Mayday is an organisation with a network of passionate social activists working to bring about systemic change, whilst offering people going through tough times such as homelessness, leaving care, coming out of prison or experiencing emotional trauma, person-led and strength-based support through its PTS Response.

The Role*

Your general duties as a Board member include:

  • Attending four Board meetings a year (currently three virtual and one face to face) and one face to face away day with the team.
  • If you join the Finance and Investment Committee, this also has four (virtual) meetings a year. This committee looks at budgets and financial performance in more detail, and informs the wider board about progress and any issues and major financial decisions.
  • Helping to develop the Impact Plan, ensuring that the Board and Leadership Team set challenging goals and objectives and monitoring if we are meeting those targets.
  • Monitoring the performance of the Leadership Team.
  • Taking part in the recruitment of the CEO and other senior posts.
  • Ensuring that the Board always acts in the best interests of the people we work with, Mayday’s Team and our communities and the wider public.
  • Ensuring you are up-to-date with developments in the sector and the responsibilities of the Trustee role, and being willing to develop your skills and knowledge to do so.

How to Apply

Please complete the application form (link below) and submit the completed version to: Applications close: Wednesday 29th June 2022. We will be inviting successful applicants to an initial informal 10-minute discussion on Monday 4th July, initially via video call.

What is Pragmatic Radicalism?


Alex Fox – Chief Executive, Mayday Trust


Padlock on rusty door

How do I Feel About Housing First?

Through our Wisdoms series, people have consistently told us that feeling out of control and not having choices in their life are two of the main reasons the system keeps them trapped and unable to transition through their toughest of times.

Having a place to call home, a safe place, a place where you can be who you are, without arbitrary rules and conditions is central to moving away from homelessness and away from services imposing themselves in people’s lives. This may take the form of a Housing First scheme, it may take another form. A range of options is important, but fundamentally we must listen and respond to the person in front of us, we must be person led.

When we treat people fairly, human to human, focusing on relationship building, trust, brokering opportunities in the real world, instead of focusing on fixing problems and achieving outcomes – we see great change in people’s lives. Being led by people, focusing on what they can do, building on strengths. This is the PTS.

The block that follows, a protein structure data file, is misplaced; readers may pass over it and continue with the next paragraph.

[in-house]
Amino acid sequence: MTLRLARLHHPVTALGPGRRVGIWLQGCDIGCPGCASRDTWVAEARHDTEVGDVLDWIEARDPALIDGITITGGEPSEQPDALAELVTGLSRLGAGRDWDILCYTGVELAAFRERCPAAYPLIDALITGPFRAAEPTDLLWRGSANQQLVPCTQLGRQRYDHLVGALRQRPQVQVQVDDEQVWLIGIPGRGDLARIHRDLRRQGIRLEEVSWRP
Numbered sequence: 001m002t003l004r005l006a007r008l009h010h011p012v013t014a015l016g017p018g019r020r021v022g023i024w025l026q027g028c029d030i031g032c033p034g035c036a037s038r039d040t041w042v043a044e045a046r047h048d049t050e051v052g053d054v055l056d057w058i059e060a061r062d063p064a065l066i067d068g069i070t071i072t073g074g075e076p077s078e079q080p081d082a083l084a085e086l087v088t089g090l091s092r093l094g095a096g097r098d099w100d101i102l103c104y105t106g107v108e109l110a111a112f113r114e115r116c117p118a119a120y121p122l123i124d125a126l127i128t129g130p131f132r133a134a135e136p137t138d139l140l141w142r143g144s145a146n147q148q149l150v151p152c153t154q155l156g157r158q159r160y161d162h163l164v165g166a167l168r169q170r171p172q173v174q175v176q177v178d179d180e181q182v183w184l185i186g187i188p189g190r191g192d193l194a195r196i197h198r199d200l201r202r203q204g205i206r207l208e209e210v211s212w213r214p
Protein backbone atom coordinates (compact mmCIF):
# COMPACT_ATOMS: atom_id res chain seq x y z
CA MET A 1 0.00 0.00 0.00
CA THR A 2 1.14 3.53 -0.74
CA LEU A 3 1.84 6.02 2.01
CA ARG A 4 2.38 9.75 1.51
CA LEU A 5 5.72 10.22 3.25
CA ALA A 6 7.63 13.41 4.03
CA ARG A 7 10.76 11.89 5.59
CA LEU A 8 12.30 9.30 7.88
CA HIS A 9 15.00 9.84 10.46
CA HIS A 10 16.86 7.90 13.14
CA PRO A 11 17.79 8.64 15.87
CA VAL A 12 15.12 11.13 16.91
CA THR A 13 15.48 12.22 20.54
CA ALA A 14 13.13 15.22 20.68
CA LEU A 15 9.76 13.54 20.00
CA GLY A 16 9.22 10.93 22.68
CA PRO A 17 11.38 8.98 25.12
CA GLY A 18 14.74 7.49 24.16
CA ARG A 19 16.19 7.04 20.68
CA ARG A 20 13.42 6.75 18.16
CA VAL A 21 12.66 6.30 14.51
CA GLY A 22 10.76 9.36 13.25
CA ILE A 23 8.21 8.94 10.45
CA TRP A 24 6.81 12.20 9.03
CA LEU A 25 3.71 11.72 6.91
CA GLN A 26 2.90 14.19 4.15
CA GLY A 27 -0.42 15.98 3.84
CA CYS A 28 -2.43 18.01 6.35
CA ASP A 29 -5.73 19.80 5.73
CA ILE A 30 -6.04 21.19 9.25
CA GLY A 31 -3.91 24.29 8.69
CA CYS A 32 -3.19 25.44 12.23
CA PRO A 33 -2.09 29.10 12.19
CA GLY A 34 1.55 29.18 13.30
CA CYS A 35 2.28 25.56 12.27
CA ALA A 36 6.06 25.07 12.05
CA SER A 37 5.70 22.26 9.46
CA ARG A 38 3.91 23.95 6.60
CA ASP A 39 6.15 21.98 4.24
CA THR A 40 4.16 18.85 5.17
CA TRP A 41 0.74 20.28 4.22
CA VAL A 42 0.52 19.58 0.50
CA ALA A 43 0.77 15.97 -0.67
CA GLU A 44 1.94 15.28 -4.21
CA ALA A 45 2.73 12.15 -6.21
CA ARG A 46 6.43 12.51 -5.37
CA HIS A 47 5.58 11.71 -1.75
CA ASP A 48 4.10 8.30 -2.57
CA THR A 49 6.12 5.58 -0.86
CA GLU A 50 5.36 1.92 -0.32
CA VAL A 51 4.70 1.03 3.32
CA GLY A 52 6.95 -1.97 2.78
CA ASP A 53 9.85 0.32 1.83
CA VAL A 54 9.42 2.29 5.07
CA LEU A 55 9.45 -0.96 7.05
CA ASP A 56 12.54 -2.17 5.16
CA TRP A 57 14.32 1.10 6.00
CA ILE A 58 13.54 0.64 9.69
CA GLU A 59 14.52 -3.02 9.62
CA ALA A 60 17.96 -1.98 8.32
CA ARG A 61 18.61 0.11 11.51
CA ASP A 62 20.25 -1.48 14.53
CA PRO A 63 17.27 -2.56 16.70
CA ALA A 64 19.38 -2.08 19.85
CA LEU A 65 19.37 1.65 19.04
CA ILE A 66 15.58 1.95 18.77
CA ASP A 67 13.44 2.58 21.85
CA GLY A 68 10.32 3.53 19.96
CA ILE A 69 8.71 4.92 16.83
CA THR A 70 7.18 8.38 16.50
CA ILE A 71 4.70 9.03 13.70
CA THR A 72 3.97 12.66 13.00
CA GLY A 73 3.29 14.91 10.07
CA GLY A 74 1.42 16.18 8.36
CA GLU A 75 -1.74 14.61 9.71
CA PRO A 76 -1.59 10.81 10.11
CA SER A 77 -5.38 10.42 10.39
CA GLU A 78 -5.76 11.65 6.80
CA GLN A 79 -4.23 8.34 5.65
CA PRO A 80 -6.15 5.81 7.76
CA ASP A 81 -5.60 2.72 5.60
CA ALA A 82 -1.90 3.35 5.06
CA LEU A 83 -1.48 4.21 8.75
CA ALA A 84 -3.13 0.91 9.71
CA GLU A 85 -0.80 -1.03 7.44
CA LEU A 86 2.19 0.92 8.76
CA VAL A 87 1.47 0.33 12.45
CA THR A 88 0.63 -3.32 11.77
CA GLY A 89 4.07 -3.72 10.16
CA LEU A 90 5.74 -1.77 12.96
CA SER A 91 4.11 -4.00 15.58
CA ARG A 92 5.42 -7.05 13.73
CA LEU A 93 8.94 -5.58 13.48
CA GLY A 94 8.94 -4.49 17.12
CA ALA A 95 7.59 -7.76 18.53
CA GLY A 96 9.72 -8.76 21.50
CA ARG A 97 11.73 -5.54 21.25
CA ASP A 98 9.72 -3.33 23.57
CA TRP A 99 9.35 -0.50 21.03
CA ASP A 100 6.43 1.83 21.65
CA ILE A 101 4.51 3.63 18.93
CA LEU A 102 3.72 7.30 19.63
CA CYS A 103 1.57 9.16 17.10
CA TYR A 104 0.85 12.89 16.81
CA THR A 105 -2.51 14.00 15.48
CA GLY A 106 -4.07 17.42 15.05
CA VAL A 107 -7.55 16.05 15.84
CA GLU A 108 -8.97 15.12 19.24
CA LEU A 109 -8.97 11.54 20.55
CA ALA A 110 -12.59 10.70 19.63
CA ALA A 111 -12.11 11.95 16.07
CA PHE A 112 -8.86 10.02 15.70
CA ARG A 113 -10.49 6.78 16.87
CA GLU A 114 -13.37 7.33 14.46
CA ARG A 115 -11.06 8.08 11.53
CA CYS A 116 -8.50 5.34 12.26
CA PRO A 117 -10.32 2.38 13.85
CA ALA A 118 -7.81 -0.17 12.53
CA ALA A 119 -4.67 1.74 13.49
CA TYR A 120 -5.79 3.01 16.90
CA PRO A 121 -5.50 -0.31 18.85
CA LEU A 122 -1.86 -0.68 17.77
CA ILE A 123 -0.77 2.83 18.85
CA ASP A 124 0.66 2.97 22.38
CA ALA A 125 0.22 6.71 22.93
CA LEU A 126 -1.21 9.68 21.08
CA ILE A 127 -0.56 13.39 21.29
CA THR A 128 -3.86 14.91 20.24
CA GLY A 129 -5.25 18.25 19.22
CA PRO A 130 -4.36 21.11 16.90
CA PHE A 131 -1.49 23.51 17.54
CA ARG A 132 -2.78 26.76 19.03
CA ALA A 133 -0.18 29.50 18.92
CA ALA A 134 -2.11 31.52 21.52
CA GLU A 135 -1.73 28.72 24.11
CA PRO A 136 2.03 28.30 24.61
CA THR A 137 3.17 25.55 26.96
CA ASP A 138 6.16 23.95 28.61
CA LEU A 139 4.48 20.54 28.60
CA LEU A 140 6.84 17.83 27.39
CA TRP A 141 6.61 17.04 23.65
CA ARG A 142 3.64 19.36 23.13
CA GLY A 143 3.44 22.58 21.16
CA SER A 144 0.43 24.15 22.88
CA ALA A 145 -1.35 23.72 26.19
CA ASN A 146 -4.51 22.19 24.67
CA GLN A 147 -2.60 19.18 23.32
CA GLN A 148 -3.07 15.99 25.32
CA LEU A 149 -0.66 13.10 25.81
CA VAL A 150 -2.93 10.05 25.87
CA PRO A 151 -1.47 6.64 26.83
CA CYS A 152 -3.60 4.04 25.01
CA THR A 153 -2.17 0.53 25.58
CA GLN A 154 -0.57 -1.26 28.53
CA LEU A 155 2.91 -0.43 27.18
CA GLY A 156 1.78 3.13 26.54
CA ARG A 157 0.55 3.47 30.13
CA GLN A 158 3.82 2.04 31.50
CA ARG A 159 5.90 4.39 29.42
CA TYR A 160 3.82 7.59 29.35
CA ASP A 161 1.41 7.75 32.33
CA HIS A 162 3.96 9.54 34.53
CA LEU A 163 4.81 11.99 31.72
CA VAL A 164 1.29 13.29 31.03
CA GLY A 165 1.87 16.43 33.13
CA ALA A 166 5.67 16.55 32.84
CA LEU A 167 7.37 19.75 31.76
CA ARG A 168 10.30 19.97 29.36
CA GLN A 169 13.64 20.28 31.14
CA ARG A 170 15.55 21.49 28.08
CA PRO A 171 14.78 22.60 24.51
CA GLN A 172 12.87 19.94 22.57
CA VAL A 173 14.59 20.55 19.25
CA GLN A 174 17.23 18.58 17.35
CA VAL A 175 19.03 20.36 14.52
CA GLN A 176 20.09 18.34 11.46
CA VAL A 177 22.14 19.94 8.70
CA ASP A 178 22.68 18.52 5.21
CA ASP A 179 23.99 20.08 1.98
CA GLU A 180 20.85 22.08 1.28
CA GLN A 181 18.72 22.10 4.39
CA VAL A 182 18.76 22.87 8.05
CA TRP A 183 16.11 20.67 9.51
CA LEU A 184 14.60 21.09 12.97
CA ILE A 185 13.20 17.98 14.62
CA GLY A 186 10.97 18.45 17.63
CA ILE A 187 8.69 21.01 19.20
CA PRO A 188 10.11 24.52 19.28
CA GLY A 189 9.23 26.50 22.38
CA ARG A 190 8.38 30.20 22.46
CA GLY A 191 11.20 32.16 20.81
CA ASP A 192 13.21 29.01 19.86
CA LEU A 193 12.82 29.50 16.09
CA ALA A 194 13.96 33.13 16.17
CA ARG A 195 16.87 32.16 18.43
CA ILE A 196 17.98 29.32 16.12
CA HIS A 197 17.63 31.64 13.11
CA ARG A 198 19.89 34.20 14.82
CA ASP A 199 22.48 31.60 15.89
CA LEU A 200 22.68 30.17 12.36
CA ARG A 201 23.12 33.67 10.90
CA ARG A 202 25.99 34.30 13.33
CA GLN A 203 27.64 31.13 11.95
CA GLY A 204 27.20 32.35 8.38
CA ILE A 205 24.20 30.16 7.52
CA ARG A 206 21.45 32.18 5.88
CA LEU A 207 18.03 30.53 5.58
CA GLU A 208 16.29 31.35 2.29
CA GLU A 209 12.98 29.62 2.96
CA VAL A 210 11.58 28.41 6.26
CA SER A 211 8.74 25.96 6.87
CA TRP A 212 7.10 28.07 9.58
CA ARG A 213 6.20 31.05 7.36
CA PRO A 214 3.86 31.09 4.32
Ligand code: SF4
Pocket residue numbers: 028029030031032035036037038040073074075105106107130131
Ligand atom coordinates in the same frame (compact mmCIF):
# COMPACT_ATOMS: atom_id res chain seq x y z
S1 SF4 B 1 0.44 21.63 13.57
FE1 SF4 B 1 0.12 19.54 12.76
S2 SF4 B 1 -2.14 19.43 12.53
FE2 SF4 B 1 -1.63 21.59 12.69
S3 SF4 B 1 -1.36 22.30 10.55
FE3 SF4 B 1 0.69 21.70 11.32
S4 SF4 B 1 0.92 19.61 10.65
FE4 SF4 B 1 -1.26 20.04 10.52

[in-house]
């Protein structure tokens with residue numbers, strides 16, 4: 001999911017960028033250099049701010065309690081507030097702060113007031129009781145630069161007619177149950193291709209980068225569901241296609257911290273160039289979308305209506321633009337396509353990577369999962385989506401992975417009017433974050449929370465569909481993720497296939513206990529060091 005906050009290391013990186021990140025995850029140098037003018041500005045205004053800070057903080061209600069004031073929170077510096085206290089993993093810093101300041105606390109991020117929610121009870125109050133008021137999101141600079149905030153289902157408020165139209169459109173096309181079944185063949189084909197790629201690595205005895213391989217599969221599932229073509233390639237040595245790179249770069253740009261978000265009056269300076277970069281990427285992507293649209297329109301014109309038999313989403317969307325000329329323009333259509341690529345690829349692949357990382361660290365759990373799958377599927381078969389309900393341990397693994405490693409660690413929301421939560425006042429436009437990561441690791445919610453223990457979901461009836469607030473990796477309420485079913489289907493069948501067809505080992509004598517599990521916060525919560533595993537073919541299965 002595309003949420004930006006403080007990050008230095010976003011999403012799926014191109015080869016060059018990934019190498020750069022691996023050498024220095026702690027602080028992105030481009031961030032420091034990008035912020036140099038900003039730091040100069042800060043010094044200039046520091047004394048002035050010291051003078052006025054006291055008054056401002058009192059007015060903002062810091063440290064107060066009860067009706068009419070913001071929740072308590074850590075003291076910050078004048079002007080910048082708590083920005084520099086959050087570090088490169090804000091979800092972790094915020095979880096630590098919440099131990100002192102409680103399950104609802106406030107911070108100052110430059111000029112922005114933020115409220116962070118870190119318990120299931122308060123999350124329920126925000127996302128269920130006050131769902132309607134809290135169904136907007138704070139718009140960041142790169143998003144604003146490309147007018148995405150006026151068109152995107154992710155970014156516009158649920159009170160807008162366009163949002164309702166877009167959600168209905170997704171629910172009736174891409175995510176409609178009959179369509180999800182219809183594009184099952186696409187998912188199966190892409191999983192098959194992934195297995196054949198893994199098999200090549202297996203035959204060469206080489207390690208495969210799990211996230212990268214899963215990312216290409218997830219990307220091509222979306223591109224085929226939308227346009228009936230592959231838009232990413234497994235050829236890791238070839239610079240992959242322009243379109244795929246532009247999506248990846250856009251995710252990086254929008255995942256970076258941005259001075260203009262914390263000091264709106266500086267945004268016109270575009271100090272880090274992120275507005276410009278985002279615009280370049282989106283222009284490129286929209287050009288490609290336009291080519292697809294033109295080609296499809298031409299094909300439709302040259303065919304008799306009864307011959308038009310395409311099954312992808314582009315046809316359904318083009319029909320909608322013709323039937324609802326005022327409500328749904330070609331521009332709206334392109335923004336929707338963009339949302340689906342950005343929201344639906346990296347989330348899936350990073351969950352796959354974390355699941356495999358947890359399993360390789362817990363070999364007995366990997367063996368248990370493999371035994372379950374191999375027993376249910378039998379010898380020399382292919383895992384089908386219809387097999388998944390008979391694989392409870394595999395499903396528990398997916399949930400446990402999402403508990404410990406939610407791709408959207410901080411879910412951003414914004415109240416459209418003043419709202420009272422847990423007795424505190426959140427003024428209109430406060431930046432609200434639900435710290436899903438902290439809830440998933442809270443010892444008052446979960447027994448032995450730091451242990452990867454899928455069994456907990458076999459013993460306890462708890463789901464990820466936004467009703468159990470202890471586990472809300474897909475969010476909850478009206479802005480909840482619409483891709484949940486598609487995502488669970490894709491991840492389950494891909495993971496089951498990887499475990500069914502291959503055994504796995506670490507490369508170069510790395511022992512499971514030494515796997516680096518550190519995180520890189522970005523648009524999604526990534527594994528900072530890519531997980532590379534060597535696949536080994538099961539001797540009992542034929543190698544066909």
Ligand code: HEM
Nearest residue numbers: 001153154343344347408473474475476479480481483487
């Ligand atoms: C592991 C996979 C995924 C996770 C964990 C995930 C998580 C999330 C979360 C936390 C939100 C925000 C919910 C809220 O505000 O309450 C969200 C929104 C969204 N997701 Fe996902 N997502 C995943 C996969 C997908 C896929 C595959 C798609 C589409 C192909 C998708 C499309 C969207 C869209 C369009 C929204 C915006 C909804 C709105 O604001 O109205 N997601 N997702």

I’ve seen the term Housing First taken, manipulated, forced into existing systems and turned into something it was never intended to be. If we continue to look at the system as something that needs to be improved rather than fundamentally changed, we will be in the same situation in ten years’ time and certainly will not have ended rough sleeping by 2024 – thousands of people, locked in systems that they cannot get out of, whether it be mental health, homelessness, criminal justice or any other deficit label we care to dream up.

We need to think bigger than the latest initiatives and approaches. Offering somebody a safe place to live, their own front door, their own secure tenancy shouldn’t be radical, shouldn’t be a novelty only reserved for those where we have ‘tried everything else’. Absolutely let’s implement Housing First across the land, let’s make genuinely affordable housing available to those that want it and need it. And let’s make sure people have the support they are asking for, not the support we think they need, available when they want it, available how they want it.

When this system gives up on the managing and fixing that we have tried and tried again, when it gives up on warehousing people in ‘schemes’ because we’ve decided they cannot cope and replaces it with a re-distribution of power, listening to people, building relationships, it is then that we will end rough sleeping, not before.


Robert White – Director of Change, Mayday Trust


Fist punched into the air

Wisdom from Strength-Based Working 9 of 9: Being Strength-Based

“When you feel bad, you don’t need someone to confirm it. You need someone to see a glimmer of someone else or something else and you need to know they have seen it then you can start to see it yourself. That is strength-based working for me – making that glimmer shine a bit brighter.”


Practitioners were passionate that working in a strength-based way was the right thing to do and felt that this should be the approach adopted by everyone. However, some people felt that you had to be clearer regarding personal boundaries when you work this way to avoid being seen as a friend or confusing the relationship.


“If you work in a strength-based way…you need to be really strong on boundaries.”


When reflecting upon what strength-based working meant to practitioners, there were common themes such as not fixing, avoiding labels, and looking beyond risks. When practitioners spoke about their work directly with people there was a sense of pride and joy about the work that they did.


“Once you start working like this there’s no going back!”


Although practitioners said that working in a strength-based was challenging, there was also a sense that once you take this approach, there was no going back. This was a challenge in itself, as often people felt if they couldn’t continue to work in a strength-based way, they had no option but to move on from their jobs or out of the sector completely.

“For me it means that you are facilitating rather than fixing, you look at pointing that person towards good health rather than dysfunction, stop using labels, but instead look at whole person and well-being. You need to see beyond the risk.”


“Since I’ve been working with a strengths approach, I’ve changed the way I talk and act with people – I’m now focusing on each individual’s strengths instead of trying to get them to improve on their weaknesses as I did before. The results have been amazing. I also get much more enjoyment and satisfaction from my job.”